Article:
The training took place two weeks before the production itself, and essentially it was sufficient, unlike elementary school, for me to finally comprehend that what you learn at the bottom, you’ll appreciate knowing twice as much once in the air. But I could not have imagined that I would HAVE to look for anything. Just to illustrate, ejection takes four tenths of a second and the g-force that you experience is very similar to the pressure that Mr. Bean sometimes exerts on his face as well as the faces of many of his television viewers.

But let’s get back to the preparations. I don’t have to remind you that we still photographed on film back then; after all it’s only been ten years. The biggest problem was how to mount the second reserve camera body using a bracket made specifically for this occasion, one which I insisted on having on board. In the end, we found a spot in the dashboard, through which I partially saw the pilot, who was sitting in front of me in place of the test pilot. Yes, the danger the whole flight was that for my better outward view, the pilot was sitting in the front position, which is assigned to the test pilot during training. This implies that if I touched anything in the back, we would both laugh till we dropped; literally.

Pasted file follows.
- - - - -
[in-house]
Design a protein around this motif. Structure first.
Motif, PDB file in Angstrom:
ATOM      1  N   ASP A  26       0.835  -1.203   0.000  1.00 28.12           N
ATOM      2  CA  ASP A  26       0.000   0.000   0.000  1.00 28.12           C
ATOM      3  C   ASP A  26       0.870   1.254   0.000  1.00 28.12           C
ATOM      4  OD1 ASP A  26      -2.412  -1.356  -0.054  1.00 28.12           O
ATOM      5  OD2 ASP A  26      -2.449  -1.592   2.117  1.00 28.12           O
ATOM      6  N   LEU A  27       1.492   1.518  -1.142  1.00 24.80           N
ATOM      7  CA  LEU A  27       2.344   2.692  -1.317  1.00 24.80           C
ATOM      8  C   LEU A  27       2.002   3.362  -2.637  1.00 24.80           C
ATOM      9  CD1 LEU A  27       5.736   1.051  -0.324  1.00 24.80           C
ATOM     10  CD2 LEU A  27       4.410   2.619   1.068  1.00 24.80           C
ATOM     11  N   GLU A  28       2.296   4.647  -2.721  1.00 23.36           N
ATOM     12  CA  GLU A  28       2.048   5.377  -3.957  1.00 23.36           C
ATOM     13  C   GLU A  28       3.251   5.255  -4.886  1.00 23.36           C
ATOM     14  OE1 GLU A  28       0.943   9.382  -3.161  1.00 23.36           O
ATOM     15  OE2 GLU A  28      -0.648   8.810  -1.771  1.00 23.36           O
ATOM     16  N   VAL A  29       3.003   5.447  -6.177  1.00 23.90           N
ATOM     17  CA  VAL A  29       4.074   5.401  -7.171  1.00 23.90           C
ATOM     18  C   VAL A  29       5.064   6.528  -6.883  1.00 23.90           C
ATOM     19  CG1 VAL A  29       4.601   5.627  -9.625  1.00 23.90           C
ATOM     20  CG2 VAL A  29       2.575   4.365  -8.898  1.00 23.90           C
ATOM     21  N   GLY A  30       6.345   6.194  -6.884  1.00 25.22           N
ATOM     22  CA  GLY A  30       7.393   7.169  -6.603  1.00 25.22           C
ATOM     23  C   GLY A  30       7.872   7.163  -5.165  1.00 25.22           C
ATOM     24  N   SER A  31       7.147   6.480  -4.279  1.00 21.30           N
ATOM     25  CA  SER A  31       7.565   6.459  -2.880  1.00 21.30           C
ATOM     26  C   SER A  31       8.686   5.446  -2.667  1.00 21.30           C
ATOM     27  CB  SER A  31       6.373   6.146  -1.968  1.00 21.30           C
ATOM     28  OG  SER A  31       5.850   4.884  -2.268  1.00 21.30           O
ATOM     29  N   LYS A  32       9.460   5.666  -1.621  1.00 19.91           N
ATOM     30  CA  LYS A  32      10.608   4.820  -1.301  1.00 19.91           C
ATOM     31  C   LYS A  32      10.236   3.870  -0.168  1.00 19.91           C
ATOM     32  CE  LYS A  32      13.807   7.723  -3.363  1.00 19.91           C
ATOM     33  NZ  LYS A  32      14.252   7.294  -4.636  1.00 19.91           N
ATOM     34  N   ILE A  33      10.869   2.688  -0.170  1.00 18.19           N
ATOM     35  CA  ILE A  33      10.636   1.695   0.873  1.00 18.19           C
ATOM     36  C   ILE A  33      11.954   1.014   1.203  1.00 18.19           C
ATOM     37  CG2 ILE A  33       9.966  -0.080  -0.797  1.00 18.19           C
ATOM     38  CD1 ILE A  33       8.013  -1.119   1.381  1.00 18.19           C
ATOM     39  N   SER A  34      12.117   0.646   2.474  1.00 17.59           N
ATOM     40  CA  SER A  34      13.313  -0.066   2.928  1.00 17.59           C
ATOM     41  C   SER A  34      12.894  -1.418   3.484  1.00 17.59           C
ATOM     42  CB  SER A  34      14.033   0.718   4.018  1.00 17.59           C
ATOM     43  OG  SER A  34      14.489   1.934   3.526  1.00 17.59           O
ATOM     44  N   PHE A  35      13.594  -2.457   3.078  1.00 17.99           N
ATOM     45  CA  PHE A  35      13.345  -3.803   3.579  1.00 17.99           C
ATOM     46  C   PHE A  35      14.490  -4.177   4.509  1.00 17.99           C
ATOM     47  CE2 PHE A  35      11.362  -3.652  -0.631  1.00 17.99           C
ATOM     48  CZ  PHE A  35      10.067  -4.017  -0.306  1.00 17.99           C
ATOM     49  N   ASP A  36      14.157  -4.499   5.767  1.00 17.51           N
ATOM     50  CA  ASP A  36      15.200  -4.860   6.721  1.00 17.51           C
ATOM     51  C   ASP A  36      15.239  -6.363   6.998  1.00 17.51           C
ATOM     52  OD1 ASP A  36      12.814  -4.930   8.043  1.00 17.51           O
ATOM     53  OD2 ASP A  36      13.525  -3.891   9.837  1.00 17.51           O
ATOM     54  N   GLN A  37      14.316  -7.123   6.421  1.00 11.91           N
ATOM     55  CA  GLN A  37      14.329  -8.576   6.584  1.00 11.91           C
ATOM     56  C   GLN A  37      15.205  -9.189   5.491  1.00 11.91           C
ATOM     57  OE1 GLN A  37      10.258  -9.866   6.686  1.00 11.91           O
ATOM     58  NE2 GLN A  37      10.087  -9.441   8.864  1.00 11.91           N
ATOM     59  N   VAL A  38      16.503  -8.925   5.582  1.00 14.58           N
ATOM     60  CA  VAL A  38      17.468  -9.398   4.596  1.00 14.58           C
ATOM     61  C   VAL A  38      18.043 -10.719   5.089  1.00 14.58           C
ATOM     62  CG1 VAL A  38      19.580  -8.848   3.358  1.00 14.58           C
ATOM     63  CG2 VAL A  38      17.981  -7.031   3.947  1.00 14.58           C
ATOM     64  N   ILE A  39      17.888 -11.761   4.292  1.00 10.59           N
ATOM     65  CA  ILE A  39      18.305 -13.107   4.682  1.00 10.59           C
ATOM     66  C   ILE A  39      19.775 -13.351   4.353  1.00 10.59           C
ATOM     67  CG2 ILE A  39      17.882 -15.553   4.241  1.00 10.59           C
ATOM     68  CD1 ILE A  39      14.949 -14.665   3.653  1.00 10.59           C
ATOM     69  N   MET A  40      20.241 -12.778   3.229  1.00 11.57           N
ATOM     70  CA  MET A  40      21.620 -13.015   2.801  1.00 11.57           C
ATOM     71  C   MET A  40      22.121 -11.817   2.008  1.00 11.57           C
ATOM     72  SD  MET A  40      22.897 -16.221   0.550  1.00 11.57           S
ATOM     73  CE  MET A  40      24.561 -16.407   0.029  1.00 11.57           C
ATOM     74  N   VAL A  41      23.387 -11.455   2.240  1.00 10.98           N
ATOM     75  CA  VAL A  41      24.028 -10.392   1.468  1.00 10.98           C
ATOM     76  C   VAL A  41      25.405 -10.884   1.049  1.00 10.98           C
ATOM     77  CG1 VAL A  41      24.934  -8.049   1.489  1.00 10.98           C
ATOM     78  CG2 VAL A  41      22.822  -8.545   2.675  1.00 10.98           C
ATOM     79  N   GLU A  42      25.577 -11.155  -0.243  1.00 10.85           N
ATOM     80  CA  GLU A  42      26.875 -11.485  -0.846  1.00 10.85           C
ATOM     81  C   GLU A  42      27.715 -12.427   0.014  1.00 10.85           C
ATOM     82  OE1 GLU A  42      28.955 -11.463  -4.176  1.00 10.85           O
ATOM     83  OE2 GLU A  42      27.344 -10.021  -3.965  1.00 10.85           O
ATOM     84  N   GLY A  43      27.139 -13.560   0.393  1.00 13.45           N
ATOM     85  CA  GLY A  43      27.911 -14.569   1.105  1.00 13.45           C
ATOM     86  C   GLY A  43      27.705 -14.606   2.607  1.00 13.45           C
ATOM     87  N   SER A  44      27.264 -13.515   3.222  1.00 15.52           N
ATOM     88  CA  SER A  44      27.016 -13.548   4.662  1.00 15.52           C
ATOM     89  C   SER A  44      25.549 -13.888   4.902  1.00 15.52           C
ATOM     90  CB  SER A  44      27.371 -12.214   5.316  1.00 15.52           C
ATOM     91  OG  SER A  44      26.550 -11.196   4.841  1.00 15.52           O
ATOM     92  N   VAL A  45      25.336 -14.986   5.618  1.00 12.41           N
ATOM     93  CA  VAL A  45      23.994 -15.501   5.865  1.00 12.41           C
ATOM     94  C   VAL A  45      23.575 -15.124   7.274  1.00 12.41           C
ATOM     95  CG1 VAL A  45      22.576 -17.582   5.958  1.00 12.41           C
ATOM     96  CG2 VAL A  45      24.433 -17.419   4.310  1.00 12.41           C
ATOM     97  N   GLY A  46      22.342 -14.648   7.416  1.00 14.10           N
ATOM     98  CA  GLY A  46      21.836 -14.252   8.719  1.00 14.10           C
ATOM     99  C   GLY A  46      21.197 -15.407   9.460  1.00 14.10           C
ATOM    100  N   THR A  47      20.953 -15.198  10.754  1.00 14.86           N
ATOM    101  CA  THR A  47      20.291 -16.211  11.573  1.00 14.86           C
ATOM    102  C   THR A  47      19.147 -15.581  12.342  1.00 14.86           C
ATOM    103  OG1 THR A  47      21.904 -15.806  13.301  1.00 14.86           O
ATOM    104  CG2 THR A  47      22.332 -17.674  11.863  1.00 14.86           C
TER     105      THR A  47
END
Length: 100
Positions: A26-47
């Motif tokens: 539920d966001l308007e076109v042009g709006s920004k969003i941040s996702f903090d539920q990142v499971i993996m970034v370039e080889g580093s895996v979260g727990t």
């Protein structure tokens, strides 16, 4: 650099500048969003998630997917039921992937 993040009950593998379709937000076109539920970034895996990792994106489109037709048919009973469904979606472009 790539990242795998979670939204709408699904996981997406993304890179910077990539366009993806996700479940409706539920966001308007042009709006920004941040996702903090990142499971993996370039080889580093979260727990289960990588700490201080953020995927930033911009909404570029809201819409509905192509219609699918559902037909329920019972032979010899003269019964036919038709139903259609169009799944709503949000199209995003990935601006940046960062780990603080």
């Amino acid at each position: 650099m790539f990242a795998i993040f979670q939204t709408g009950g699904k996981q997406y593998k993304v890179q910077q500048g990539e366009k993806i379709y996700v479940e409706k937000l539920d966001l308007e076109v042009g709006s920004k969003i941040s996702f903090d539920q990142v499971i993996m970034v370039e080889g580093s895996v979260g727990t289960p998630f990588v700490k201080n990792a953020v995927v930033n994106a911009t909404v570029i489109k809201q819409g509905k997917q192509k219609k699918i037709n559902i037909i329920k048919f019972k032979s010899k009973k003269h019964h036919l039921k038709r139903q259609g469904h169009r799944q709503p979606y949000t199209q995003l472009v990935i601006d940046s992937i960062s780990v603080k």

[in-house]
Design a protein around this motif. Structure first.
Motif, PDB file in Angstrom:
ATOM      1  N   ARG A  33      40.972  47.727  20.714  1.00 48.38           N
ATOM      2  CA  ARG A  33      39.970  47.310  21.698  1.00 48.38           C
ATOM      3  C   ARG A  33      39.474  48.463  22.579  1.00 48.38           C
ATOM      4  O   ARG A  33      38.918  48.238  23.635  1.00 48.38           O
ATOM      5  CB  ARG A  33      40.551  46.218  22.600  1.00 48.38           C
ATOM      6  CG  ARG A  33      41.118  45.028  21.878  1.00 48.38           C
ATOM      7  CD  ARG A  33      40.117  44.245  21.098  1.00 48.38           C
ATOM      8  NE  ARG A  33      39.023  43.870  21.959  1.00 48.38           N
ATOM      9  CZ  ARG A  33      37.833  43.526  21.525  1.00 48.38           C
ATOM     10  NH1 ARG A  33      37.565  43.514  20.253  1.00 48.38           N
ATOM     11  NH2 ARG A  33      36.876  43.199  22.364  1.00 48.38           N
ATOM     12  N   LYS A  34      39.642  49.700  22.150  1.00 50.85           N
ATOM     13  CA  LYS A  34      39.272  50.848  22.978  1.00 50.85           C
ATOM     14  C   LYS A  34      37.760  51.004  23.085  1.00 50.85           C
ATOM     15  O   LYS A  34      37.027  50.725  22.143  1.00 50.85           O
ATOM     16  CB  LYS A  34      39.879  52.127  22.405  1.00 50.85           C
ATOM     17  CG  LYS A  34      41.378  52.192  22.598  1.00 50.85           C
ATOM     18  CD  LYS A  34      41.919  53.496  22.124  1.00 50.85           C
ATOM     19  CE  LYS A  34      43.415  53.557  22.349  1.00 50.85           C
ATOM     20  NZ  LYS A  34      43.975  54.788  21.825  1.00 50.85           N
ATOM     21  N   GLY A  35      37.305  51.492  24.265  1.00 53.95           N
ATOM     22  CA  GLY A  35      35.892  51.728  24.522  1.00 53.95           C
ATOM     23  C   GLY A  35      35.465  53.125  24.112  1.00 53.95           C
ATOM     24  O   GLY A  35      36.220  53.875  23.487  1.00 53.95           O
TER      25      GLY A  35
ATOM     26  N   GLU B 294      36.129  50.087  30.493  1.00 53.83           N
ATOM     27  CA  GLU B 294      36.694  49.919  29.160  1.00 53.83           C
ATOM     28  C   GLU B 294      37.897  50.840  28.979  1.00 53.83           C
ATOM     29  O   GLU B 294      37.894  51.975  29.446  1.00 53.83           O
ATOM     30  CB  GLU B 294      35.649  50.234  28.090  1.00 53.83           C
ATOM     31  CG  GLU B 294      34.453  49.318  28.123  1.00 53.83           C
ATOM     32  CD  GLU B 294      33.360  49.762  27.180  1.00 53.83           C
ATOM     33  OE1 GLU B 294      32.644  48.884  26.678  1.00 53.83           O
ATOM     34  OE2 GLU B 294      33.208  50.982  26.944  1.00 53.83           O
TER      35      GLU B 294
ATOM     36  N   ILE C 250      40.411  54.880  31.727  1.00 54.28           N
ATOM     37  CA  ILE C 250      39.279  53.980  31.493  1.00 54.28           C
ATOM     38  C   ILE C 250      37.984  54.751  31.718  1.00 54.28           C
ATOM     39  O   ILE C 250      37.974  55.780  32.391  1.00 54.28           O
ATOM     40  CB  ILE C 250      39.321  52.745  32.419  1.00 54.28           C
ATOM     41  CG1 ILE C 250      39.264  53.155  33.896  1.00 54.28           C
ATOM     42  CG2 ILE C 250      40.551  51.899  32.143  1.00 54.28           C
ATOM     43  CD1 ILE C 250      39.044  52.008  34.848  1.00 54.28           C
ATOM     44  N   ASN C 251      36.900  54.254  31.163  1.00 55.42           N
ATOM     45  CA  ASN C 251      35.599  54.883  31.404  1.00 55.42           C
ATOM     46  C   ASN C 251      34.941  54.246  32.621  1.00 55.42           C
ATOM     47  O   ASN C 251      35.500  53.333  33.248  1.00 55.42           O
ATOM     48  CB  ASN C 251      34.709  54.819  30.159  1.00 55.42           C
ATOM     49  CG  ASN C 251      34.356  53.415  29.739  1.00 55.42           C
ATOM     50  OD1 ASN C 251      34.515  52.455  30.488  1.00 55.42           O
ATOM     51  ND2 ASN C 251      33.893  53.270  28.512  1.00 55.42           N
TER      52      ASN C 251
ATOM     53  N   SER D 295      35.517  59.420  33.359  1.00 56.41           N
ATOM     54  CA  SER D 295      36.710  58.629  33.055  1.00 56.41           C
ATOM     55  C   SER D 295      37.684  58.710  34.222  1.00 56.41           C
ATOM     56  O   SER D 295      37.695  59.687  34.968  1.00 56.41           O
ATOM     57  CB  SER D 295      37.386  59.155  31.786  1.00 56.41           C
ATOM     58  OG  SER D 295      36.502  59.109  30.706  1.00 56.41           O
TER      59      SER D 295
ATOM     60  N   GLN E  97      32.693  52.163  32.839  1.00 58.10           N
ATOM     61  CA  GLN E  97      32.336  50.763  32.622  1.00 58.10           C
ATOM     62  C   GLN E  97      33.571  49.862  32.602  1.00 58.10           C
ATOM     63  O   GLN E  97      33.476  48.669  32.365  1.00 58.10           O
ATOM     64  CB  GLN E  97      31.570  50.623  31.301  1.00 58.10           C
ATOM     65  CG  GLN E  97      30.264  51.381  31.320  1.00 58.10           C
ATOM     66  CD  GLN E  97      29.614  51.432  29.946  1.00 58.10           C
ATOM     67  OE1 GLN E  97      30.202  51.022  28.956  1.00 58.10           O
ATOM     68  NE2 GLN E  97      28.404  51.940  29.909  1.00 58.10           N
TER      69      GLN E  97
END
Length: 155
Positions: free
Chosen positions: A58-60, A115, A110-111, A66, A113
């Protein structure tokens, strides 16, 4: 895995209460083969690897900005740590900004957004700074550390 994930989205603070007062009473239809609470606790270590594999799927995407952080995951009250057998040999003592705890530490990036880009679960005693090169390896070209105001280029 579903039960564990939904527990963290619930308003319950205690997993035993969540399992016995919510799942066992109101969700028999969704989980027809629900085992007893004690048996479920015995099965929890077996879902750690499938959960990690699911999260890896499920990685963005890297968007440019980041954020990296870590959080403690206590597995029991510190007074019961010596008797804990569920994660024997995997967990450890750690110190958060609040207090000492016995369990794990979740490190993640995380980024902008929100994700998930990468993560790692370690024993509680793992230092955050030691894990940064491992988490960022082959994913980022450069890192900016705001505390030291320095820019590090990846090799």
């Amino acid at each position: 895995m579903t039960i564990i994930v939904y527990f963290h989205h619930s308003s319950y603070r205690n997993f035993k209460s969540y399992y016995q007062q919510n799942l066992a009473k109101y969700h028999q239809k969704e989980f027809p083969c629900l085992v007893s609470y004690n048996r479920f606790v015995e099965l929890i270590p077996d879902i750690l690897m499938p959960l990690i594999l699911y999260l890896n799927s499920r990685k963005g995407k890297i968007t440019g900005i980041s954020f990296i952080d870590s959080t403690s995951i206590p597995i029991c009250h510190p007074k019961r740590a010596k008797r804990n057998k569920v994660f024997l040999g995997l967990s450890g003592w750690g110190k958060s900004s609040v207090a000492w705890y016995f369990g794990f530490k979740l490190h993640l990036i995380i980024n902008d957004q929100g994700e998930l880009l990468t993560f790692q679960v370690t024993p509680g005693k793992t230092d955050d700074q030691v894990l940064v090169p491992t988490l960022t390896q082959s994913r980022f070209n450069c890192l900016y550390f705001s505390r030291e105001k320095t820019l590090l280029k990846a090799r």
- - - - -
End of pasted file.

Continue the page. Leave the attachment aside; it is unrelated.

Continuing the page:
Two weeks before the actual date, all the conditions for the concerned parties, including rewards and insurance, were agreed upon. The length and direction of the route were devised and the essential permits from respective authorities were signed. The airplane was specially prepared for this occasion and could not carry even a single passenger on board apart from the pilots. In the cabin of our L 59 Albatros it was much easier. Other than the pilot, myself and my two cameras, there was only room for the flight schedule and a hundred grams of fear under the seat on each side. Our crew took off with a ten-minute head start exactly at 9:37 AM. After a few minutes, during which I half-fainted and woke up again in turns (even though I had spent hundreds of hours in the air in commercial planes), we came through the clouds, where we moved according to the instructions of the control tower and waited for it to connect us with the ‘bluebird’. The Fischer Air Boeing 737 took off from the old airport at Prague Ruzyně ten minutes after we had and due to its size, took it a little longer to climb up to our altitude. It eventually emerged on our left. Both planes were navigated from the control tower so that it would be possible to maneuver and change directions even in the air. Both pilots naturally communicated with each other and I was connected to the intercom, to hear instructions in case of any changes.